Mexican University Coffee Shop Now Accepting Bitcoin Payments

Bitcoin payments can now be made in Café Punta del Cielo located in the campus of Mexico’s Universidad de las Américas Puebla (UDLAP). Roughly 8,000 students are enrolled in the university, allowing bitcoin payments to gain traction to a young population.

The Mexican university is the first in its region to accept bitcoin, enabling it to join the likes of Canada’s Simon Fraser University (SFU), Spain’s Pompeu Fabra University and MIT in the United States.

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Bitcoin Payments in Mexico

While there are several online merchants in Mexico that are already accepting bitcoin payments, having a brick-and-mortar shop allow cryptocurrency transactions still marks a significant step. This could pave the way for setting up bitcoin ATMs and more POS terminals for bitcoin credit or debit cards later on.

The coffee shop’s bitcoin payments was made possible in partnership with Latin American-focused bitcoin exchange provider Bitso, which recently raised an undisclosed seed round led by Digital Currency Group and launched a payment processing service, BitsoPagos.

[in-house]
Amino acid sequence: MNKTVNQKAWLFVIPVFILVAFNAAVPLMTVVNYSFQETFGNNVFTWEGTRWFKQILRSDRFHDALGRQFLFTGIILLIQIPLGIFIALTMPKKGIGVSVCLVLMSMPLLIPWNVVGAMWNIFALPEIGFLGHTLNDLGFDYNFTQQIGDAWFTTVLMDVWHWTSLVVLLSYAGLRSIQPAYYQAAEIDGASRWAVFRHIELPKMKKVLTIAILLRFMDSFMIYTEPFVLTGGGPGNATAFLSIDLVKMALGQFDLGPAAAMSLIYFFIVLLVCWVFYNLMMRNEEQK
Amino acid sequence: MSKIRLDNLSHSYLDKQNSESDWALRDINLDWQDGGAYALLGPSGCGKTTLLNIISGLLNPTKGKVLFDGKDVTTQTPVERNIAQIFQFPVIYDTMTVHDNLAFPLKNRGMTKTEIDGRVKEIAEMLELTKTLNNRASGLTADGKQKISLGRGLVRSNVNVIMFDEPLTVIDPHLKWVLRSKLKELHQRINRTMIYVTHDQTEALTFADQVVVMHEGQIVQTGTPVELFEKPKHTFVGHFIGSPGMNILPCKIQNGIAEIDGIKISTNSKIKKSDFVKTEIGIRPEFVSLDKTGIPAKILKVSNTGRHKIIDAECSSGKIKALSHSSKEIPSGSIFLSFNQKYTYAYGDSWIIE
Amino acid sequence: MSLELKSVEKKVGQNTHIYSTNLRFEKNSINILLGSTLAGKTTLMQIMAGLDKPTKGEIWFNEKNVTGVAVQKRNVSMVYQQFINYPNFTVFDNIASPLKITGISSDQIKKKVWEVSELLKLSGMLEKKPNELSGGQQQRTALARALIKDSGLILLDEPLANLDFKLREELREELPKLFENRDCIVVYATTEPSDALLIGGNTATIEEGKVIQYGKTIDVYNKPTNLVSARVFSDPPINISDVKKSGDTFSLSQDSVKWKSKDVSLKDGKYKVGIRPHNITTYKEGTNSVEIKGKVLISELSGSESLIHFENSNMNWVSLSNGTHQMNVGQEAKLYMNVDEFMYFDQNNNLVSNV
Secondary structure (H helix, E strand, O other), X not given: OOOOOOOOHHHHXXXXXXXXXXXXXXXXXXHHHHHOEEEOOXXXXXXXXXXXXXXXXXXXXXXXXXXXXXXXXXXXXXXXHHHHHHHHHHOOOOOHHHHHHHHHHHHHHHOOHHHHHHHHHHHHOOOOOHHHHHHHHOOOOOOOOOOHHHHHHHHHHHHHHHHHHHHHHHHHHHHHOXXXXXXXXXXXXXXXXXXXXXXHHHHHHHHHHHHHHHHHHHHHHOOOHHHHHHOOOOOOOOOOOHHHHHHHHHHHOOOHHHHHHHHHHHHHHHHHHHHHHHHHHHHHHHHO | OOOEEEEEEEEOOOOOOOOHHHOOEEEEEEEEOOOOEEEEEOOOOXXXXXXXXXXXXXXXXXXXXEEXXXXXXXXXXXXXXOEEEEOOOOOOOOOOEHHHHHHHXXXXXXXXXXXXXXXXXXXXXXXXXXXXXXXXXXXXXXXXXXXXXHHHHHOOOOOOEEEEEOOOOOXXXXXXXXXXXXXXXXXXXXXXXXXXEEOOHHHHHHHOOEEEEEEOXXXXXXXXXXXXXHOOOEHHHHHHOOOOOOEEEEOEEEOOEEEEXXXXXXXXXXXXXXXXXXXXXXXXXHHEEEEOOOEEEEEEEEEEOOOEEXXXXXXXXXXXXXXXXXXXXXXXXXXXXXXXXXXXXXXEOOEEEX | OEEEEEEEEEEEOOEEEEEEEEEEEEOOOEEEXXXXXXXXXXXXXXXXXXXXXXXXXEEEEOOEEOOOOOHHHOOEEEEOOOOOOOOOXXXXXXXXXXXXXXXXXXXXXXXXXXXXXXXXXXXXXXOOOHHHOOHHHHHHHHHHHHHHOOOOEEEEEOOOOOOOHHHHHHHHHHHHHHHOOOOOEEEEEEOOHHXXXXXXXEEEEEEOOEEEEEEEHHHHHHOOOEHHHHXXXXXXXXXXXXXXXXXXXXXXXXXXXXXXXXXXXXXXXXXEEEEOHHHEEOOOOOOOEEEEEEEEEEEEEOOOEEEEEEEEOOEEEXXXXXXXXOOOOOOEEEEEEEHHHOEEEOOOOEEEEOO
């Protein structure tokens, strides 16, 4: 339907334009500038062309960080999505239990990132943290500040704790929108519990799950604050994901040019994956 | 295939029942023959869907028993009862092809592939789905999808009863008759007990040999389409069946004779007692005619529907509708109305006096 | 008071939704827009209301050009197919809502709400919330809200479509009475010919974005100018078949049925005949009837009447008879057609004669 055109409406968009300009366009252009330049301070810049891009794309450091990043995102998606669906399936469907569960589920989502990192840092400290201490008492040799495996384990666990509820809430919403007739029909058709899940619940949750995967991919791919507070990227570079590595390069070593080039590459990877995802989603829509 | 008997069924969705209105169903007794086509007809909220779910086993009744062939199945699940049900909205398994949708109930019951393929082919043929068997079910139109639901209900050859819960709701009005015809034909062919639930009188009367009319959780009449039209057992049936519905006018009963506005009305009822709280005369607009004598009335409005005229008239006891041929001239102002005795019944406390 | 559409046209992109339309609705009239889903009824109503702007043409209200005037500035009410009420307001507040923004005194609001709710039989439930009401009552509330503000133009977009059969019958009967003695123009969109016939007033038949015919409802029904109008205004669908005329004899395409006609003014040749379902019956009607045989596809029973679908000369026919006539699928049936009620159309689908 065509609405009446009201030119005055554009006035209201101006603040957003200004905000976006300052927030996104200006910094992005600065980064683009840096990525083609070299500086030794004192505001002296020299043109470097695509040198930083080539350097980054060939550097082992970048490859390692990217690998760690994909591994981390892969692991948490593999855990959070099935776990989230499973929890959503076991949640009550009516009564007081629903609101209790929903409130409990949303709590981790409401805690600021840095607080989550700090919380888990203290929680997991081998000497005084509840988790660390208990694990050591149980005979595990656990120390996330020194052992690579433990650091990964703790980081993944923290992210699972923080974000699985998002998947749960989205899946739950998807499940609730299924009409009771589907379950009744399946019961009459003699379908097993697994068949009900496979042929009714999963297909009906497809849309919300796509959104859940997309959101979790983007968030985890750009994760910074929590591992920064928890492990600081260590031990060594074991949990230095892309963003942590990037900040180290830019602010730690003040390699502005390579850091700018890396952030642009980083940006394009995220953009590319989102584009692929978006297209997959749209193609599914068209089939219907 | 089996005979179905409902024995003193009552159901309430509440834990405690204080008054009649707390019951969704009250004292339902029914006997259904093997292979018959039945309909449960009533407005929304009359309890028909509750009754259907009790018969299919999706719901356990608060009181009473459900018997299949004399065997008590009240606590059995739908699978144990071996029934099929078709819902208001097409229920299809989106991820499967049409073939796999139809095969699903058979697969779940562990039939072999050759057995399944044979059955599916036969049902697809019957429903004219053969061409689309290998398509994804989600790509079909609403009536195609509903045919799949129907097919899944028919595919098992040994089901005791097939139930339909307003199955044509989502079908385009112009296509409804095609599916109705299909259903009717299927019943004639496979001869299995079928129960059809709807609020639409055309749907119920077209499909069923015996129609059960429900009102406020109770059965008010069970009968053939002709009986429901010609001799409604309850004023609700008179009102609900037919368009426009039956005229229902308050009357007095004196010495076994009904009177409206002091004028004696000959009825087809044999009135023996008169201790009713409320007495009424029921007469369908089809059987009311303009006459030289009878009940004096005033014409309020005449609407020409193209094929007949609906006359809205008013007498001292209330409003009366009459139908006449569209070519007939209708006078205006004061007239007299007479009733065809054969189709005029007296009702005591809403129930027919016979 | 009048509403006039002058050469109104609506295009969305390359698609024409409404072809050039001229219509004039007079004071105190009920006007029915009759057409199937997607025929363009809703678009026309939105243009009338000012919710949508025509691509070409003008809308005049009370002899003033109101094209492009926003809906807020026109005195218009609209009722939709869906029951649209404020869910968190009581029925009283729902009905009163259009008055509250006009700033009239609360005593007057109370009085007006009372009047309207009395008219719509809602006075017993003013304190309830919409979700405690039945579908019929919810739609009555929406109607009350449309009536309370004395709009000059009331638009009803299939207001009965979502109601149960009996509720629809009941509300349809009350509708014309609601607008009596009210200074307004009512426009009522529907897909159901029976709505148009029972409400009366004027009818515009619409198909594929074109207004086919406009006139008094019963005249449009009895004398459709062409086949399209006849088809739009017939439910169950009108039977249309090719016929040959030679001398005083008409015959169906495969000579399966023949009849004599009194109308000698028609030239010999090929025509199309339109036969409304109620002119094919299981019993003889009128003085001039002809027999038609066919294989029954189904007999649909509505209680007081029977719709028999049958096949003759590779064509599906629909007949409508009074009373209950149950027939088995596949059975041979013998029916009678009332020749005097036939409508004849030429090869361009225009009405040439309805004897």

“We expect this successful BitsoPagos integration to create the traction for more Punta del Cielo and many other merchants to adopt Bitcoin,” cited Jose Rodriguez, VP of payments of Bitso. He said that, by accepting bitcoin payments, the Café Punta del Cielo location will expose more students to the technology while potentially encouraging other local franchises to accept the payment option.

Café Punta del Cielo was founded in 2004 and specializes in the distribution and sale of coffee produced in Mexico. It has operated more than 100 franchises all over Mexico as of 2012 and opened additional locations in Hong Kong, Spain, and the US.

Bitcoin acceptance has been pretty high in the Latin American region, especially since some countries like Argentina are still under capital controls and a currency crisis. However, some authorities are concerned that the rise of bitcoin transactions in Mexico could facilitate increased drug-related and criminal transactions.


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